Journal of Epidemiology
Online ISSN : 1349-9092
Print ISSN : 0917-5040
ISSN-L : 0917-5040
Prevalence and Predictors of Tuberculosis Coinfection among HIV-Seropositive Patients Attending the Aminu Kano Teaching Hospital, Northern Nigeria
Zubairu IliyasuMusa Babashani
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JOURNAL FREE ACCESS Advance online publication

Article ID: JE20080026


Background: The HIV/AIDS epidemic has been accompanied by a severe epidemic of tuberculosis (TB), although the prevalence of coinfection is largely unknown, especially in developing countries, including Nigeria. The aim of this study was to determine the prevalence and predictors of TB coinfection among HIV-seropositive Nigerians.
Methods: The case files of HIV/AIDS patients attending Aminu Kano Teaching Hospital, Nigeria from January to December 2006 were reviewed.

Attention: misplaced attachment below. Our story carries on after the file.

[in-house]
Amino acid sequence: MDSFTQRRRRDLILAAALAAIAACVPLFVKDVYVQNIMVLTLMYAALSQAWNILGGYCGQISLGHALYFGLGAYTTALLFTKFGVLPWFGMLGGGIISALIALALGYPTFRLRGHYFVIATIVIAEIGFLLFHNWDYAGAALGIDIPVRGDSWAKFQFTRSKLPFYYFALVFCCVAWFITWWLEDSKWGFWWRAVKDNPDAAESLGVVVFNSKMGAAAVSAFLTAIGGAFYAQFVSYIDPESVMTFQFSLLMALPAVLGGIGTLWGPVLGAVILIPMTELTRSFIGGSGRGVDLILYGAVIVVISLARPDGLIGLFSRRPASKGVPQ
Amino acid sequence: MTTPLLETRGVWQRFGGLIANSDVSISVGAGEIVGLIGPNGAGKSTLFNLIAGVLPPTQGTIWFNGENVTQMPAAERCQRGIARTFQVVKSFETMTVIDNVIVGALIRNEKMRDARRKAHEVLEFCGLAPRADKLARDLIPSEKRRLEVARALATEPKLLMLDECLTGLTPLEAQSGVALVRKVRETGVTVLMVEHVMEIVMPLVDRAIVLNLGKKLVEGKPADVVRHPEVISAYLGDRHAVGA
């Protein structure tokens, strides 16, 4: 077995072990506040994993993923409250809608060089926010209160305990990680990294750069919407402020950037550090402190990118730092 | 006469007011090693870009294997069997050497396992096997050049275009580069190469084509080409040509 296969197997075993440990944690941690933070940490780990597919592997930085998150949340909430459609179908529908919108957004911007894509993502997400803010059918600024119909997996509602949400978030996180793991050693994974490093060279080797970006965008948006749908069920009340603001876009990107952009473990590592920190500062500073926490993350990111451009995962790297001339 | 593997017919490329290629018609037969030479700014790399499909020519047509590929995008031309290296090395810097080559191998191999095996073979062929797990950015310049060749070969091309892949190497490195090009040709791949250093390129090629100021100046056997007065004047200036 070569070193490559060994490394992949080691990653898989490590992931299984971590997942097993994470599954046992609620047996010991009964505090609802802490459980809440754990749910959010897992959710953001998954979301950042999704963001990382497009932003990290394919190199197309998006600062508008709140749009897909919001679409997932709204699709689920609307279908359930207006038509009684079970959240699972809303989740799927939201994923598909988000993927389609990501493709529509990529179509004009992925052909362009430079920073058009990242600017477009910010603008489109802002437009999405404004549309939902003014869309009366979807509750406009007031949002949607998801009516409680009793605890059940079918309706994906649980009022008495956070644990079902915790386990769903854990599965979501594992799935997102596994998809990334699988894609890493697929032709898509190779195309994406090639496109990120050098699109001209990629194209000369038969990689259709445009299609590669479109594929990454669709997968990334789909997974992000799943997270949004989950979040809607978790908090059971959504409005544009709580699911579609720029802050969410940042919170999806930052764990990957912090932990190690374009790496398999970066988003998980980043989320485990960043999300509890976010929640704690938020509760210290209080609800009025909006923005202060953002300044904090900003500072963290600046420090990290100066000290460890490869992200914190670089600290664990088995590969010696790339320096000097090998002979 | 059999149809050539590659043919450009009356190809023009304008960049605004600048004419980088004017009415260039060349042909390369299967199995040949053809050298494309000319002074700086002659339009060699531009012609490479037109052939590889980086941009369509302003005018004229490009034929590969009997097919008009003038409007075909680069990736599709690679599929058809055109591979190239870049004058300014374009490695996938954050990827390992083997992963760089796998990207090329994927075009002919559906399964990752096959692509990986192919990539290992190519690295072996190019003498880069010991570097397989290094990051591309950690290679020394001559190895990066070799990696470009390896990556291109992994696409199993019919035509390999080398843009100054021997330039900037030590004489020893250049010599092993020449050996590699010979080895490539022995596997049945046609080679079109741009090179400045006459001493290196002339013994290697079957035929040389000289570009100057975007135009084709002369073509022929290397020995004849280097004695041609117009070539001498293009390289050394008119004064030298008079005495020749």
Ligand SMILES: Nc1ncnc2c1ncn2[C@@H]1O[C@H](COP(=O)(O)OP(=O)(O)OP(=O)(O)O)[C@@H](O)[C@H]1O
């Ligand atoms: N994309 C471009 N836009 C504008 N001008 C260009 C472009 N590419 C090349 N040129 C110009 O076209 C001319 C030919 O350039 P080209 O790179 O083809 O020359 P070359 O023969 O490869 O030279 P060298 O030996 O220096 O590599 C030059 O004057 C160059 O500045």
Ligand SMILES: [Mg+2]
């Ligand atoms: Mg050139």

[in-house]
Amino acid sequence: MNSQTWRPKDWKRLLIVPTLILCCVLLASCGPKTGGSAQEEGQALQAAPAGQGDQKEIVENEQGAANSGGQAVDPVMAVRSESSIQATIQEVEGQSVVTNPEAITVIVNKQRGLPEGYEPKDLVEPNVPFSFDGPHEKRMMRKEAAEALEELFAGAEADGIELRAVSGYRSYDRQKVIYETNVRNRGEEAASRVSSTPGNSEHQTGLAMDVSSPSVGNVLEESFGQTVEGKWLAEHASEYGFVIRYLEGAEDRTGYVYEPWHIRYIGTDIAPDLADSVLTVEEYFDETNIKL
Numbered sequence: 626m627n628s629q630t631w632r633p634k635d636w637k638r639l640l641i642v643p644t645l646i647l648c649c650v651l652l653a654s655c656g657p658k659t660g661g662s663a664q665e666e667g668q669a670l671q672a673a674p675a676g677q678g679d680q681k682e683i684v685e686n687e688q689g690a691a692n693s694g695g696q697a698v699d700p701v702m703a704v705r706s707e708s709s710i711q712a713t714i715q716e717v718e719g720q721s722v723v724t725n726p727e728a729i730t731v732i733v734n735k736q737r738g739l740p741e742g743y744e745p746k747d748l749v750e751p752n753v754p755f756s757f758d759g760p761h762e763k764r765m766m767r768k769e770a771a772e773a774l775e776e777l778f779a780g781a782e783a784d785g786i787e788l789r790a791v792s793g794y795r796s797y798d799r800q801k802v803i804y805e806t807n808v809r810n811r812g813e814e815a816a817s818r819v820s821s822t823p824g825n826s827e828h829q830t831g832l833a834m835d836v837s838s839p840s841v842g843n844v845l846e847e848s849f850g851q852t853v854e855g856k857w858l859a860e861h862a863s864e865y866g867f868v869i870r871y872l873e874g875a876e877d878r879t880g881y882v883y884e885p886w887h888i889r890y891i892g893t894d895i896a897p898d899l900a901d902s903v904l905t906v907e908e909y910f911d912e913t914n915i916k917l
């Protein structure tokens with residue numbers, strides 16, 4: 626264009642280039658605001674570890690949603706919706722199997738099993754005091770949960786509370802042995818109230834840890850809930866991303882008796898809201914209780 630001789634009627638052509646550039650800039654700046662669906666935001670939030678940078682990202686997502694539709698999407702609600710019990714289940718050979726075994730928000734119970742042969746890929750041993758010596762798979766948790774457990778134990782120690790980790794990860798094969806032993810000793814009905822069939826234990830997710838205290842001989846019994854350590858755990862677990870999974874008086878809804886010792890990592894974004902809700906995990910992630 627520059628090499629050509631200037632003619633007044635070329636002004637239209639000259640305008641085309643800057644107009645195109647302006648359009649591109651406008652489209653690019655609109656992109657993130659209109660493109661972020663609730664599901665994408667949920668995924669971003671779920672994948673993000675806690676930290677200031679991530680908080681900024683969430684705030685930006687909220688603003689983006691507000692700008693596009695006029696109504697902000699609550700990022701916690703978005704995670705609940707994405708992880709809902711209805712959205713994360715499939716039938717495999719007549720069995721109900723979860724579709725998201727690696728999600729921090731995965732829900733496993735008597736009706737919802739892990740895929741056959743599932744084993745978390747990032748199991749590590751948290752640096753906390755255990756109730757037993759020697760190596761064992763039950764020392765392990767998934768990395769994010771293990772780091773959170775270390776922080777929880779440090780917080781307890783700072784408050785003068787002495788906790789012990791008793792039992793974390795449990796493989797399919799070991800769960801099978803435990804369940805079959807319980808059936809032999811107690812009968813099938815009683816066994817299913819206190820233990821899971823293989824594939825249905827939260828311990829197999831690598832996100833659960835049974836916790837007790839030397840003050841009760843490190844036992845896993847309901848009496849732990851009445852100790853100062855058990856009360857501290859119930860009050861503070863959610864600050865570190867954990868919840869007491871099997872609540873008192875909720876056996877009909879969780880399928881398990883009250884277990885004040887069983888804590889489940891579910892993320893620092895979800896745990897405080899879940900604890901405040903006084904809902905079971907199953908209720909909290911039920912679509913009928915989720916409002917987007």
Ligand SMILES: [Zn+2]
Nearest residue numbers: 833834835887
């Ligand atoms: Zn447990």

Results: A total of 1320 HIV/AIDS patients had complete records and were reviewed, among which 138 (10.5%) were coinfected with TB (95% CI, 8.9% to 12.2%). Pulmonary TB was diagnosed in 103 (74.6%) patients, among whom only 18 (17.5%) were sputum-positive. Fifty (36.2%) coinfected patients had some type of extrapulmonary TB (EPTB); 15 had both pulmonary TB and EPTB. Among the 35 patients with EPTB only, 20 (57.1%) had abdominal TB, 5 (14.3%) had TB adenitis, 5 (14.3%) had spinal TB, 3 (8.6%) were being monitored for tuberculous meningitis, and 1 (2.9%) each had renal TB and tuberculous adrenalitis. The highest prevalence of TB, 13.7% (n = 28), was seen among patients aged 41–50 years. TB coinfection was significantly associated with marital status, WHO clinical stage, and CD4 count. Marital status (OR, 2.1; 95% CI, 1.28–3.59; P = 0.04), WHO clinical stage at presentation (4.81; 1.42–8.34; P = 0.001), and baseline CD4 count (2.71; 1.51–6.21; P = 0.02) remained significant predictors after adjustment for confounding.
Conclusions: The moderately high prevalence of TB among HIV-seropositive patients underscores the urgent need for strategies that lead to rapid identification and treatment of coinfection with active or latent TB.

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